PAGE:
Honest question, growing up how often did you see relatable images of yourself on screen? How often did you see toys made with a young, girl of color in mind? How often did you feel represented in the products and tv shows targeted towards girls your age? Your answer was probably not often at all.
It’s a dilemma many young girls of color experience, realizing we are often left out of the story line we aspire to be apart of. With recent films like A Wrinkle in Time, The Princess and The Frog, and television shows like Doc Mcstuffins inclusivity has progressed, yet we still have a long way to go. Former Special Education Teacher and Clinical Therapist Kimberly Jesicka is one woman ready to take on bridging the gap in media representation for children of color everywhere.
Kimberly Jesicka has quite the resume, earning a certificate from Notre Dame University in Non Profit Management and attending Parsons School of Design for Fashion Design. She formerly wrote for VOGUE ITALIA, Glamour Italia, Glamour South Africa, Marie Claire Espana, Huffpost, Elite Daily, Thrive Global and more. She furthermore is an author, writer, and singer, however her passion lies in advocating for young girls of color who’ve experienced a troubled childhood similar to hers.
Growing up in Panama City, Panama Kimberly struggled with a learning disability which made her transition to the United States a difficult one. However, the young businesswoman used her challenges as fuel for her career aspirations, using her story to create her very own multicultural children’s network Kidpire TV. The network showcases kid’s programming in Spanish and English. In addition to her network, she also has her own doll line Kimberliciou Kouture, and a non profit company Girlpire & Co Creating Girl Bosses Across The Globe.
We were lucky to sit down with Kimberly Jesicka to discuss her views on representation, her plans for expansion within her brands, and what her success has taught her a woman of color.
How was it for you growing up with learning disabilities?
It was very difficult. I always got into trouble. No one stopped to say hey maybe something else is going on here. I actually never heard one word the teacher said, cause I was always in another world. Paying attention to something else or simply day dreaming.
Growing up in Panama City and then moving to the US, how did you learn to embrace your culture in this new setting?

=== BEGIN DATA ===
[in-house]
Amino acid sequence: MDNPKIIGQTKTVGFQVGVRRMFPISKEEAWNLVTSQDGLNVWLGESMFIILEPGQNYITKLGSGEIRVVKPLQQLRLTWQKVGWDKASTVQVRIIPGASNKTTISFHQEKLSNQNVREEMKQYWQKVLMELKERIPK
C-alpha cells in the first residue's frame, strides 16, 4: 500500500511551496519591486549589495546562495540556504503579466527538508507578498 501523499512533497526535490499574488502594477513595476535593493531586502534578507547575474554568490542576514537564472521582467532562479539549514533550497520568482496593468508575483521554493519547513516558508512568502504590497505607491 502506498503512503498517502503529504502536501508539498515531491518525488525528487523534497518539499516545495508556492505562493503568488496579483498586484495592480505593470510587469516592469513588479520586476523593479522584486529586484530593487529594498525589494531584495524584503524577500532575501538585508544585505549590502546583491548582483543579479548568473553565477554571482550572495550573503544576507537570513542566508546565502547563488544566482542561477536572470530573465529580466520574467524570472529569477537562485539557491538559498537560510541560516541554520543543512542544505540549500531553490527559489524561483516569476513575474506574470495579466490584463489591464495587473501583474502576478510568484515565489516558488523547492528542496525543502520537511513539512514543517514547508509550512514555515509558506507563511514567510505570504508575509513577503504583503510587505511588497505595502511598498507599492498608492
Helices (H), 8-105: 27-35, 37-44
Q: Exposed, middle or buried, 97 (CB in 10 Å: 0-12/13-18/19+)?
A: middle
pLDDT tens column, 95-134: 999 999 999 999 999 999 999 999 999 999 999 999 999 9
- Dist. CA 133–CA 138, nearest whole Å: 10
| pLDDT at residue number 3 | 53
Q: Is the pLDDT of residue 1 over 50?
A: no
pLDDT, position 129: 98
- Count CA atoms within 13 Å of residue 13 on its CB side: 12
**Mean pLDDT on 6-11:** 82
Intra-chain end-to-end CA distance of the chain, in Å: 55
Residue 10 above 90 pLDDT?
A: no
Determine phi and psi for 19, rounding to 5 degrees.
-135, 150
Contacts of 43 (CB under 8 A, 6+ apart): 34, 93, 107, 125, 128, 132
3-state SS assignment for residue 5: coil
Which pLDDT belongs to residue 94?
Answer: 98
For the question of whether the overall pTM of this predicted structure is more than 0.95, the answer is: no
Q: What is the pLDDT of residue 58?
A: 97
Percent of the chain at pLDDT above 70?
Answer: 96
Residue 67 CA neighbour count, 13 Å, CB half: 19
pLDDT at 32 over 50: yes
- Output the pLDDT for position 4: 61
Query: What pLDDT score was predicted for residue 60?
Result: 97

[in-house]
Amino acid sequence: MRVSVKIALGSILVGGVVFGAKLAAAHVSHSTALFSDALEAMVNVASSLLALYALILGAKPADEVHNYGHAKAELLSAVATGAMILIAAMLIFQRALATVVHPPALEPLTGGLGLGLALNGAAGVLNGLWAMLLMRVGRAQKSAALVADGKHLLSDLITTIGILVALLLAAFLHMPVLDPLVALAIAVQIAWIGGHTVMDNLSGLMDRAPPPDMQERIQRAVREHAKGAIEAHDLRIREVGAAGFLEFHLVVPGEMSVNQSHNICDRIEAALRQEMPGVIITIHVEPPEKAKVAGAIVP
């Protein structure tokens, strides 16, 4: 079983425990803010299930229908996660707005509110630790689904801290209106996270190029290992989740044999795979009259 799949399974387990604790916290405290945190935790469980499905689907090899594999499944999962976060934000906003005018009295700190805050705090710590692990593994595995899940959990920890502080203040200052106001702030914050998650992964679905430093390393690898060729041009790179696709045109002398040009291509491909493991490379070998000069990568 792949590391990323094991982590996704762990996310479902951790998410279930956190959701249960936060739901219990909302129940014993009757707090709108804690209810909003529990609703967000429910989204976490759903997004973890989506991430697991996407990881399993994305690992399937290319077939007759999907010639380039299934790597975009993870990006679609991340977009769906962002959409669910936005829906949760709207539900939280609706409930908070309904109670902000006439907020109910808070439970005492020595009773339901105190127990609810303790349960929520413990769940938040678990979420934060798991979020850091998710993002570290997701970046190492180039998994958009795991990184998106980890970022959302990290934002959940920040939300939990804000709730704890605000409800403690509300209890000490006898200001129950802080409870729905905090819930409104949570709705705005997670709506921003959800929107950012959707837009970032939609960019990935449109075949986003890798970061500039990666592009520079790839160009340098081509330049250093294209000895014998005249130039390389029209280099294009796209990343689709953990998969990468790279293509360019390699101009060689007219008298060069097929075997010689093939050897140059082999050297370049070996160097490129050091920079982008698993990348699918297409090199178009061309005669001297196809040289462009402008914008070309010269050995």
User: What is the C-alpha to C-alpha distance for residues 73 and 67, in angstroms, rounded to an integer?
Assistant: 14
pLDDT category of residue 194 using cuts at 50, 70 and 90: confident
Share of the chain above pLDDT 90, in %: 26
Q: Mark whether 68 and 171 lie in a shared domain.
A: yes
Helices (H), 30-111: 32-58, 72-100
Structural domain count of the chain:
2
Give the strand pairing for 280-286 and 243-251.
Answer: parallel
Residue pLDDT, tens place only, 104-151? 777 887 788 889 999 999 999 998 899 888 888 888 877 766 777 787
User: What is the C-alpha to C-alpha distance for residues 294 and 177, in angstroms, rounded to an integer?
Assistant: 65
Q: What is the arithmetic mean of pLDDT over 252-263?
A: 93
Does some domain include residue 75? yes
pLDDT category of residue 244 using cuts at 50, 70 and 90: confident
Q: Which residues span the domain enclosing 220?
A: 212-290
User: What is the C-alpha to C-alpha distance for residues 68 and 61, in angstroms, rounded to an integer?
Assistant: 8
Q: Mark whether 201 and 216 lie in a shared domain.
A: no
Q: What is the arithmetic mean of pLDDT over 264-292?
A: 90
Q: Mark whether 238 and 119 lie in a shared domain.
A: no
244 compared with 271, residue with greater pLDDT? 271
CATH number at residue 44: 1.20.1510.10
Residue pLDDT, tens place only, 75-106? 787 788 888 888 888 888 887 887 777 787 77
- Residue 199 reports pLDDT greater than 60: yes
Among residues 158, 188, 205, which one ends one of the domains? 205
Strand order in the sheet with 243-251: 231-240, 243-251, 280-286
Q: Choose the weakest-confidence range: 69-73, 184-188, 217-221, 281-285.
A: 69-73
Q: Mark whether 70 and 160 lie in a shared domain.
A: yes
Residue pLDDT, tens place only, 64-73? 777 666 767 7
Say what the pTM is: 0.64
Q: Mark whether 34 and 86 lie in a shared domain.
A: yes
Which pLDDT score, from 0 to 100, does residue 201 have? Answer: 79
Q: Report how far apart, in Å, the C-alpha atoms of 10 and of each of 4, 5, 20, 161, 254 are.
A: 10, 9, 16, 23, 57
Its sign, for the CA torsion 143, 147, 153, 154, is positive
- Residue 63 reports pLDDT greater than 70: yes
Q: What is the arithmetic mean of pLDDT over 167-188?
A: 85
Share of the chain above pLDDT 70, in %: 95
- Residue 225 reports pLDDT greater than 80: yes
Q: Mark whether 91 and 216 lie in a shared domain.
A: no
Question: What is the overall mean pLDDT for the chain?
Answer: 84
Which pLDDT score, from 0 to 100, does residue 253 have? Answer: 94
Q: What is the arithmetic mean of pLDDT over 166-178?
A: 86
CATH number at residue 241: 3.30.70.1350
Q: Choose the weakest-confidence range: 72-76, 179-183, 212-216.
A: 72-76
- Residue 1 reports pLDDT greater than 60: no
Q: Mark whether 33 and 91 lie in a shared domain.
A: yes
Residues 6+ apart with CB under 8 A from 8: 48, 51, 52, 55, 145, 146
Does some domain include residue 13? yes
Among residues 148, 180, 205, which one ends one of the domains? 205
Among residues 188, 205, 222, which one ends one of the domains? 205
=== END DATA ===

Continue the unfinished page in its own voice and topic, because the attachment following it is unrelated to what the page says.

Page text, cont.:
It was difficult. I only spoke spanish and I was made fun of for being black, but not speaking english. I would be told to go back to my country on a banana boat, and other things kids say. It made me determined to master the english language. I hated being my culture when I saw everyone else around me American and Speaking their language. I wanted to be like them. It was confusing. I felt different and like an outsider.
Your resume is pretty amazing. How did you motivate yourself to go after such big dreams?
Thank you! I was downed so much and critized abnormally. I felt I had no choice but to go for it in a big big way. The worst I could be is 10 steps ahead of where I was, and the best is at the top. I was scared to fail and scared to be where I was forever. It was no choice.
You’ve worked as a writer and interviewer. How important is representation of women of color in media & entertainment?
Its very needed and I needed to go beyond the norm of it. Women of color are depicted so angry and that is the not the sum total of who we are.
What made you dedicate your life to children’s entertainment?
I was a teacher and a child with learning disabilities. I wanted to see Black Jem and the Holograms, Black Wonder Woman, Black Kick ass Buffy, Black Legally Blonde an so on and so forth, she was not there, so I started creating her.
What do you hope children and young adults take away from your TV Networks, non profit work with Girlpire & Co., and Kimberliciou Kouture?
I want them to take away is that magic is real and you are magic and you can have and be anything or anyone you want to be, that’s a fact!
Looking back If you could tell your young self anything, what would you say?
Don’t believe the evil your abusers tell you about yourself. Its a lie even with their evidence its a lie. The you you want to be is out there. Find her! She is already doing what you want to do in life. She is a mentor, get one!
What can we expect next from you?
You can expect the dolls in Walmart, the Wig Line, the t-shirt line for the dolls and more content on KIDPIRE.